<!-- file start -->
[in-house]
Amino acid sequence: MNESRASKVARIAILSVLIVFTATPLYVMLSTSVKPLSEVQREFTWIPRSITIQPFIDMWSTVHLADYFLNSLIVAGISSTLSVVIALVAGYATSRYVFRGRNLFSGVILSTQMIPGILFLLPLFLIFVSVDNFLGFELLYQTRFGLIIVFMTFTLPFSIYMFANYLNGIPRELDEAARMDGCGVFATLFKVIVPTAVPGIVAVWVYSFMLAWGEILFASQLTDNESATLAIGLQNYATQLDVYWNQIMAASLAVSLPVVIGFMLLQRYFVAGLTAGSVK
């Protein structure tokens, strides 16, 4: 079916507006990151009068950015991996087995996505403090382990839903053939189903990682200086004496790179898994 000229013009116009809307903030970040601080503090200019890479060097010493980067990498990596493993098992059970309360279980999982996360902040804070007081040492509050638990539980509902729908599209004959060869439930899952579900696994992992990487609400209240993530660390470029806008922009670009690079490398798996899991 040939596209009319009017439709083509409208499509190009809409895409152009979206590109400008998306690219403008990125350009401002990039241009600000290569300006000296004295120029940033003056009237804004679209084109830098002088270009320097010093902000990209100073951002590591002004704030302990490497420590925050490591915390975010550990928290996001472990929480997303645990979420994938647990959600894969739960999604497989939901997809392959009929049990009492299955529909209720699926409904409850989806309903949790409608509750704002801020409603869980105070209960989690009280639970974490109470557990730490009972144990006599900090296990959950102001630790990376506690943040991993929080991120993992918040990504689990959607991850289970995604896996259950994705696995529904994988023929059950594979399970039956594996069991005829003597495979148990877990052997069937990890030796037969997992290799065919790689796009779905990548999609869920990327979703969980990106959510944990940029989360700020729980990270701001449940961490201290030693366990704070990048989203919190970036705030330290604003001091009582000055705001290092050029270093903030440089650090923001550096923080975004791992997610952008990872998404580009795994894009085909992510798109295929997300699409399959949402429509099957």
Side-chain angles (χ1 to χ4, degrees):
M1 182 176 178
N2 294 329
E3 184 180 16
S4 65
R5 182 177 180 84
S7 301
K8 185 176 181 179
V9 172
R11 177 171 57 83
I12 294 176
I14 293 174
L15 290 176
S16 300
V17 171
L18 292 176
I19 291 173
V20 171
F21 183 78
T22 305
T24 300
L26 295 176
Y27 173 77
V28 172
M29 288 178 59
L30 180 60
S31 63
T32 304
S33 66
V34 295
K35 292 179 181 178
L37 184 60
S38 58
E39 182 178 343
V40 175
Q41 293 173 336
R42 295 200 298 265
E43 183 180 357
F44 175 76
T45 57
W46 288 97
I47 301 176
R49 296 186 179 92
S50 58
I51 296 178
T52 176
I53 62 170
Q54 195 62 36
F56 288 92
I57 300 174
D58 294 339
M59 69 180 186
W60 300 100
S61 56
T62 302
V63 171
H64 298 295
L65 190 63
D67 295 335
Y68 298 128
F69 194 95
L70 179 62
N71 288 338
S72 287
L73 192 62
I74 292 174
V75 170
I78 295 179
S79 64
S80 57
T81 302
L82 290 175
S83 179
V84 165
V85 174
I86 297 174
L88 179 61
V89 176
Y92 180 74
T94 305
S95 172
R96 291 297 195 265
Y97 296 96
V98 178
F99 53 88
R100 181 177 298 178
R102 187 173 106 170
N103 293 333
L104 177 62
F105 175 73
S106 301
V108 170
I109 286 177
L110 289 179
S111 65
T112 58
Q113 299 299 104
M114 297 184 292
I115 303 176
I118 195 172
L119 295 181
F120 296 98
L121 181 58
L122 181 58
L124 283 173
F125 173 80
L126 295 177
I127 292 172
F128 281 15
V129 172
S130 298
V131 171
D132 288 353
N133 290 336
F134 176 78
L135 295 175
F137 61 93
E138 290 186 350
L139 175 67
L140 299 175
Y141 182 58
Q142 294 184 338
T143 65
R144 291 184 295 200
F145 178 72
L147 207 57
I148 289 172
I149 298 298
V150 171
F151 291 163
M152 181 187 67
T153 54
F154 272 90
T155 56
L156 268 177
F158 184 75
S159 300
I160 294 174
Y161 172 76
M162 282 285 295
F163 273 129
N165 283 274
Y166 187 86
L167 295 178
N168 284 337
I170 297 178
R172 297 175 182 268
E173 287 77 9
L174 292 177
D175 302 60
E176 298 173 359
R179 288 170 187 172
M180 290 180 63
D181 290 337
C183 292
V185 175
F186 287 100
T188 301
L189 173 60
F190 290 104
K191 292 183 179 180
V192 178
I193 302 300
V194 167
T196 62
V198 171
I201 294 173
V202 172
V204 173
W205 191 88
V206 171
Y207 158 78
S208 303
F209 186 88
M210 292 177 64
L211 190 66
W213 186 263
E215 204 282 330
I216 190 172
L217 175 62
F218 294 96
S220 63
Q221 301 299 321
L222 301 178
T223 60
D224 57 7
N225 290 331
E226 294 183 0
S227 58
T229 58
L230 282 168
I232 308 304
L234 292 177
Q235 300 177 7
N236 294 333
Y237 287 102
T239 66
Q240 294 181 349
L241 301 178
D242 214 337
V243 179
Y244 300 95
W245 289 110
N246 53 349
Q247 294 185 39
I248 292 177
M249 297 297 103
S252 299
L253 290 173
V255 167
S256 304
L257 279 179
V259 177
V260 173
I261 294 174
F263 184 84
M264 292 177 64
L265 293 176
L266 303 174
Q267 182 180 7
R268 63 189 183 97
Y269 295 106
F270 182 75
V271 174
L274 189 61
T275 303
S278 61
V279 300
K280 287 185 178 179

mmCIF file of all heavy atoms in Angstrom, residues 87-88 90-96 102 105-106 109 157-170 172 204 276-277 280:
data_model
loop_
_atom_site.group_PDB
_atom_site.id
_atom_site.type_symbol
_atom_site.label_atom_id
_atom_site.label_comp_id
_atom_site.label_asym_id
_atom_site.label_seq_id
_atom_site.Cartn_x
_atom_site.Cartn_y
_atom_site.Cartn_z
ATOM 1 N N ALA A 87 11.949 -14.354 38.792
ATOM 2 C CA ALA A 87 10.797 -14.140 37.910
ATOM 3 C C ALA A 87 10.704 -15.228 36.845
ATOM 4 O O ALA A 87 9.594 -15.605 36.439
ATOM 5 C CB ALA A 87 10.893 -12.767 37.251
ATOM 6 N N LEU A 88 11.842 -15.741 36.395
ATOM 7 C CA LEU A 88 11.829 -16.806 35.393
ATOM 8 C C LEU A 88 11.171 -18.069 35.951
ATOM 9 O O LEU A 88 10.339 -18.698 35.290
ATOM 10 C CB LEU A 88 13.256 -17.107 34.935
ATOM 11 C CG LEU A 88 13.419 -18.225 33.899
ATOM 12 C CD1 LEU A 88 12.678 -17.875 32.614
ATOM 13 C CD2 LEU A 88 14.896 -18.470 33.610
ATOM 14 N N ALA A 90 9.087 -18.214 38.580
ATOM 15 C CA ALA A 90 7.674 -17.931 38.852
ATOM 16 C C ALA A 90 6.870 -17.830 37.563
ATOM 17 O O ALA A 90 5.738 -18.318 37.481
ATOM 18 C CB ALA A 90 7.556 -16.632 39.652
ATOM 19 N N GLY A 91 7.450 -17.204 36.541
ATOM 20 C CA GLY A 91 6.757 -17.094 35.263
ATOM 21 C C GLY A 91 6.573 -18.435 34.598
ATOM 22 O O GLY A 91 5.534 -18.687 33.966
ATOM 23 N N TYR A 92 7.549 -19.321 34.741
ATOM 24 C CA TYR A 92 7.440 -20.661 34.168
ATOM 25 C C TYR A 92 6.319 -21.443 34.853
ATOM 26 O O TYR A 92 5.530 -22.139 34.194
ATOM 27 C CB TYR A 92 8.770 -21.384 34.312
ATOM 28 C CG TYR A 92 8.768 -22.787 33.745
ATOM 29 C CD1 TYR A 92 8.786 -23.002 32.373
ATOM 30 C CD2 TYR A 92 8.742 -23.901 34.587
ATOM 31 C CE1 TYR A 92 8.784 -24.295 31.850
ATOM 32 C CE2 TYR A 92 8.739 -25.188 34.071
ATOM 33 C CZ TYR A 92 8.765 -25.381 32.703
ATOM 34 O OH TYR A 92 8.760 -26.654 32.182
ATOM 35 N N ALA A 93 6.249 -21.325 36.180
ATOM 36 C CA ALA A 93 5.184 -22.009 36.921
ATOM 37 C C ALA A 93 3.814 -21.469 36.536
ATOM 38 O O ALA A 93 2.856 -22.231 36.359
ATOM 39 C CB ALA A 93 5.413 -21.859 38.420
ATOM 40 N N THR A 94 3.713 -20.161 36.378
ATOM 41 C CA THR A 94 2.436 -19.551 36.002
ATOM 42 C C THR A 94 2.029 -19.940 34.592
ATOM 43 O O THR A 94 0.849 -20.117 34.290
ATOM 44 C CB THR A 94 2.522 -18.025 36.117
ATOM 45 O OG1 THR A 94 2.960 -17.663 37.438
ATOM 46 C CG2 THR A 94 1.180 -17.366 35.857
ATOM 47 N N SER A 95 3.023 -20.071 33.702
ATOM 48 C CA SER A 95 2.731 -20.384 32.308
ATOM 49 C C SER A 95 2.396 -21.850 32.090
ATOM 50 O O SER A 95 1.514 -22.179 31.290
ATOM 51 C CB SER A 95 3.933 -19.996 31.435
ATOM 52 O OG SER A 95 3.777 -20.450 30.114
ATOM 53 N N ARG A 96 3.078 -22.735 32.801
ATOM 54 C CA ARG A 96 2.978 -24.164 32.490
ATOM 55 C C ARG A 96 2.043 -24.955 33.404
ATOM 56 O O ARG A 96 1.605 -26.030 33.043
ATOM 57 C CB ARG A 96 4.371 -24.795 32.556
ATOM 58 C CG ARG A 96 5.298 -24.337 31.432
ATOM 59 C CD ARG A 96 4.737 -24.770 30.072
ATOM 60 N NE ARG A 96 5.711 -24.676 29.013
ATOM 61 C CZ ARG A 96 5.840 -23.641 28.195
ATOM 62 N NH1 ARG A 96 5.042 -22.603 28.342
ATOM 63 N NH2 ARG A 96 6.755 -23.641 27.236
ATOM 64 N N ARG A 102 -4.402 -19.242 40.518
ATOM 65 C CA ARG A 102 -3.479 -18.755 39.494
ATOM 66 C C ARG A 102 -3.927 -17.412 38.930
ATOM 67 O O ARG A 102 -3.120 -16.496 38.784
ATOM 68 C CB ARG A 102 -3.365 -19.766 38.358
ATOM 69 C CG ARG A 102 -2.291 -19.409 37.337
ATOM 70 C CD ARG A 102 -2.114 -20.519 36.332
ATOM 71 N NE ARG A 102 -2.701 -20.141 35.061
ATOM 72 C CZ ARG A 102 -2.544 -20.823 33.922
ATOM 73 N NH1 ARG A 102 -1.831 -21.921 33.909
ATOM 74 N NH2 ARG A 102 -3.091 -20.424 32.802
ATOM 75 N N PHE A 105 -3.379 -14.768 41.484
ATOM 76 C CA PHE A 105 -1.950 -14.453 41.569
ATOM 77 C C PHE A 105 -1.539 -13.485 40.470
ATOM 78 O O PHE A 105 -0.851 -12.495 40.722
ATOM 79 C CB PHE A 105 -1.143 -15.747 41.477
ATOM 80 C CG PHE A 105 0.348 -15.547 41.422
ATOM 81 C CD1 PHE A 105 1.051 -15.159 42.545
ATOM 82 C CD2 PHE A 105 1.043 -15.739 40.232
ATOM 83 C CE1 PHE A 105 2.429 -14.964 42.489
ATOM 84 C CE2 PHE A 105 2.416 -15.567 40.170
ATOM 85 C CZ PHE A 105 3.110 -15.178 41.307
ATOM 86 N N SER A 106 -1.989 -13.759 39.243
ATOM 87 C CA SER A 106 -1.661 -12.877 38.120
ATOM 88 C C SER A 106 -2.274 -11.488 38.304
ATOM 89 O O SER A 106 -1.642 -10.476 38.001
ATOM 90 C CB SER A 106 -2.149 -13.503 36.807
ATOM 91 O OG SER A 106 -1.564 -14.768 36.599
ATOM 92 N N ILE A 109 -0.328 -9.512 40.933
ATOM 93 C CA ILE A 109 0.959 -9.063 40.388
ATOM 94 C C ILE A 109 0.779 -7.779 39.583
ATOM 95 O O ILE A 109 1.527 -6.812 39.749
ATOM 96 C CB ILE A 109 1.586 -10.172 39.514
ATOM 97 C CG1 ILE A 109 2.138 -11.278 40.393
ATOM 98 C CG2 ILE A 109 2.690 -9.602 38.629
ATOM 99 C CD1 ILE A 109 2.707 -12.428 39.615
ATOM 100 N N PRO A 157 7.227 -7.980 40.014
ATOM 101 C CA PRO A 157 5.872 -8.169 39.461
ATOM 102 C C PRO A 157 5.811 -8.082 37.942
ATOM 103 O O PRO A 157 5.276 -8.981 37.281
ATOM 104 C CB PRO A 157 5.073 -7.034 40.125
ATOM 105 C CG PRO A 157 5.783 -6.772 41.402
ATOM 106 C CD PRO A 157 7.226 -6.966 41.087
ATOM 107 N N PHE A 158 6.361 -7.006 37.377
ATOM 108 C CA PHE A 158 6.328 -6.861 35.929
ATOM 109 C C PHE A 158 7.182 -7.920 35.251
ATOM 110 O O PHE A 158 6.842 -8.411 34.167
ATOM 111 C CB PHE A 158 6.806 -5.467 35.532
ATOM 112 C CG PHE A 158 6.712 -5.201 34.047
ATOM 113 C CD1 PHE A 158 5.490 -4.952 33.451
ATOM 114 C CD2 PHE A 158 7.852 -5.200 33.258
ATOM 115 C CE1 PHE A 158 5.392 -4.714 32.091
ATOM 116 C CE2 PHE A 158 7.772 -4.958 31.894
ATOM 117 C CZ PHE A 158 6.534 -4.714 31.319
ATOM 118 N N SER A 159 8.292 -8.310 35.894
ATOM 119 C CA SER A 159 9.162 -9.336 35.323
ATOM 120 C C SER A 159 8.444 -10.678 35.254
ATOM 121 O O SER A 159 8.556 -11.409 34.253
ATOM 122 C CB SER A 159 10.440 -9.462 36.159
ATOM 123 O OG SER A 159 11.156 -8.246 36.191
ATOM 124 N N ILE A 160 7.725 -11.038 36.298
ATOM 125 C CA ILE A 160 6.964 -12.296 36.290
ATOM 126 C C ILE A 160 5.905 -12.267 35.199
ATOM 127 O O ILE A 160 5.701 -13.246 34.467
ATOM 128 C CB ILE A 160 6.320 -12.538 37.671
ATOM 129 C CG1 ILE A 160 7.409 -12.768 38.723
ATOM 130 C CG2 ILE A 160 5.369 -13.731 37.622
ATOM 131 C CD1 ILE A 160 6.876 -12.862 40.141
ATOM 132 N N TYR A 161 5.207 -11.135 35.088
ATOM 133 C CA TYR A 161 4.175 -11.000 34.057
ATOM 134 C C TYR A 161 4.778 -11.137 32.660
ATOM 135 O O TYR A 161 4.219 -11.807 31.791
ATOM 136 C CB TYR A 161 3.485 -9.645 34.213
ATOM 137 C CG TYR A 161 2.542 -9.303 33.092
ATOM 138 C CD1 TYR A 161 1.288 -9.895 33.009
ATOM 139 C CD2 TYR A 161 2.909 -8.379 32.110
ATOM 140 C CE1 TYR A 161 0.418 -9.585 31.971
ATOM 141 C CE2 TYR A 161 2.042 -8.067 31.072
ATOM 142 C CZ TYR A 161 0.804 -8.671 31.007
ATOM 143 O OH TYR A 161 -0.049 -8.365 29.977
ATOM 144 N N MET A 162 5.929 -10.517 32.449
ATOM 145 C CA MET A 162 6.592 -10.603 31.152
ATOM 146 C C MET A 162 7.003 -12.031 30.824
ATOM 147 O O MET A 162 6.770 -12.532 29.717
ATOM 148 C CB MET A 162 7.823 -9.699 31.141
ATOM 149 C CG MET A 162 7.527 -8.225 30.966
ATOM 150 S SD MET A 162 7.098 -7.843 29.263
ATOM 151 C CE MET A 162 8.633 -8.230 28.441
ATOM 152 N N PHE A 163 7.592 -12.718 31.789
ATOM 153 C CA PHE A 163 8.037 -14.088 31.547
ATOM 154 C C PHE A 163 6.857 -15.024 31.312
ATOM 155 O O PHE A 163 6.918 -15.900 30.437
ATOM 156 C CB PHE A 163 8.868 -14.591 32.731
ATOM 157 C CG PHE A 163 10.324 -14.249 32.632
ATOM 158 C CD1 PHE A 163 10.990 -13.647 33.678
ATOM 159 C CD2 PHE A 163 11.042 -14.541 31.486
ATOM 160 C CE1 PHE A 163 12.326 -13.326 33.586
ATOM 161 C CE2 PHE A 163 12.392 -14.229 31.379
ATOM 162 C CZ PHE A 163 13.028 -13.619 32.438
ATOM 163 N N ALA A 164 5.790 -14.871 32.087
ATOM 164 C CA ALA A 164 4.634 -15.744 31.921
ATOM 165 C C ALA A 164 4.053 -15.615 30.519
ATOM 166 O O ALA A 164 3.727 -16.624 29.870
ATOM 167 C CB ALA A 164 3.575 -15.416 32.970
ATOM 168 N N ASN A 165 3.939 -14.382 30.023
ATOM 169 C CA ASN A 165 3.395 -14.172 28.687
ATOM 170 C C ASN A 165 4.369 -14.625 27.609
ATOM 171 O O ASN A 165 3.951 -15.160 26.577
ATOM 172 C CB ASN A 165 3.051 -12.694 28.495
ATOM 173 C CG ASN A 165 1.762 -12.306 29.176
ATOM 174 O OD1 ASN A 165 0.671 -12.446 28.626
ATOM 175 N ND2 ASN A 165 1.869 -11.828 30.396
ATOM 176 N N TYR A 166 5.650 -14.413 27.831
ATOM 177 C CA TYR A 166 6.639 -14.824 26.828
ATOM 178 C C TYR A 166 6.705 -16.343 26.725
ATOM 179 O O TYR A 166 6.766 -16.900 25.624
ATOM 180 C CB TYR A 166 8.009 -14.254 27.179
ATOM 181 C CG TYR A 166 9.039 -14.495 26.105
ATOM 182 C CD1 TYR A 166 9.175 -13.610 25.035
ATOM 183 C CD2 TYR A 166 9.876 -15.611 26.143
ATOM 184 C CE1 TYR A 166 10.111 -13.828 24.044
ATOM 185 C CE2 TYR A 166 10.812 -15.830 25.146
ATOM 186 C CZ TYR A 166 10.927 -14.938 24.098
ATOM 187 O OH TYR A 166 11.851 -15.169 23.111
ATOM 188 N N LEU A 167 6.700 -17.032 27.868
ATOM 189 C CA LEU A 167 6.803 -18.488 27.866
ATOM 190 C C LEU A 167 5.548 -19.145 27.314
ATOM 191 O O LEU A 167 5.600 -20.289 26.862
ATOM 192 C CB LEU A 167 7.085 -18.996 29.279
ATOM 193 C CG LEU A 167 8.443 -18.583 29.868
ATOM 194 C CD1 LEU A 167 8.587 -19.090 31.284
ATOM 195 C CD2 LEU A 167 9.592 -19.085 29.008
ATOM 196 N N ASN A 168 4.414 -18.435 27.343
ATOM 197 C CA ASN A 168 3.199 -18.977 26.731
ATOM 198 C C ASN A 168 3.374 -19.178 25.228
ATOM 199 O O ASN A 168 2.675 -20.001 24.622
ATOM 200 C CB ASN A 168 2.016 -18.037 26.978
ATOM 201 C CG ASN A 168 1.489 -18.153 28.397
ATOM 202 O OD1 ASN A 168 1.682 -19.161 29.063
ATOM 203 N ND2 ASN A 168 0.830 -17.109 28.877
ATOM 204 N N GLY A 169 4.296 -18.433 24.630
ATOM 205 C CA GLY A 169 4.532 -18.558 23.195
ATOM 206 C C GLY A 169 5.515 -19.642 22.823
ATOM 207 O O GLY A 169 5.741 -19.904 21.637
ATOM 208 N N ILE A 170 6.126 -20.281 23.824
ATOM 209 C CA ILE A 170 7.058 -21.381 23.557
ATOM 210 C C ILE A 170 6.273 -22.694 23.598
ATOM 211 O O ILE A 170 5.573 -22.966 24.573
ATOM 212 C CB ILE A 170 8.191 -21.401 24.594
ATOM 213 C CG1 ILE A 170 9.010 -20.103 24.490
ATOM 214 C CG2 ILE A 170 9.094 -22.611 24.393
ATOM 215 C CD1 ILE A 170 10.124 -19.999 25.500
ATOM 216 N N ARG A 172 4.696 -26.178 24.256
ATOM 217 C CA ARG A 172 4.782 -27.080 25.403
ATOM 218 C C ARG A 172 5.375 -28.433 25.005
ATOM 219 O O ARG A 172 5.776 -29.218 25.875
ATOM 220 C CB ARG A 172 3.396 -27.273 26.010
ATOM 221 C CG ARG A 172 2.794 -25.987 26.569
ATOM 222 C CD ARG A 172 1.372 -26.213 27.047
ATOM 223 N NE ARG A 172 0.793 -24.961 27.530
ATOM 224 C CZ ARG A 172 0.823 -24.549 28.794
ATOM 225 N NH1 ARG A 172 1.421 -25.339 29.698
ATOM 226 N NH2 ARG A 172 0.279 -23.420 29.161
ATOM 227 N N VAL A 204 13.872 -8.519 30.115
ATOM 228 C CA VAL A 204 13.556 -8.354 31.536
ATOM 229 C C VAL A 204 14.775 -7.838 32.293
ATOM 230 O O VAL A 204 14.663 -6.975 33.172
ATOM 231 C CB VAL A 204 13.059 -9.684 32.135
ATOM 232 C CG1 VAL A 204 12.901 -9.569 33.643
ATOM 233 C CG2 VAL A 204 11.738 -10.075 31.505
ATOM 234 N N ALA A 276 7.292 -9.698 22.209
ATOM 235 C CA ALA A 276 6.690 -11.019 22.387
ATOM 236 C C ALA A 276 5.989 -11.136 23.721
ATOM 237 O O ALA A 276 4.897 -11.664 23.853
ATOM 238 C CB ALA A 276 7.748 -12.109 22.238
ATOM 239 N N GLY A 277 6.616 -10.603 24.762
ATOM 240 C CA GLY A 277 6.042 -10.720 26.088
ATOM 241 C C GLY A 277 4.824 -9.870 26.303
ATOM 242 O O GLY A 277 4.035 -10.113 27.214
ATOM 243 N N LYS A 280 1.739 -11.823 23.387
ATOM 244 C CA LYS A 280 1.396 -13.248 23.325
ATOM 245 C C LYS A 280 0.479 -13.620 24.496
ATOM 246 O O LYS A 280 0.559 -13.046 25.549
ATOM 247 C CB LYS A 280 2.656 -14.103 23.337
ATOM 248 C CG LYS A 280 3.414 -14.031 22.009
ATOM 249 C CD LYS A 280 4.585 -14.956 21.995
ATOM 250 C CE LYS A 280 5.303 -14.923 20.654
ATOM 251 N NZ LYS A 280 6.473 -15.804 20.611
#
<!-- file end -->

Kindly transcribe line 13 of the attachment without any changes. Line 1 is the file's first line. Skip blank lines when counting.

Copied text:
R11 177 171 57 83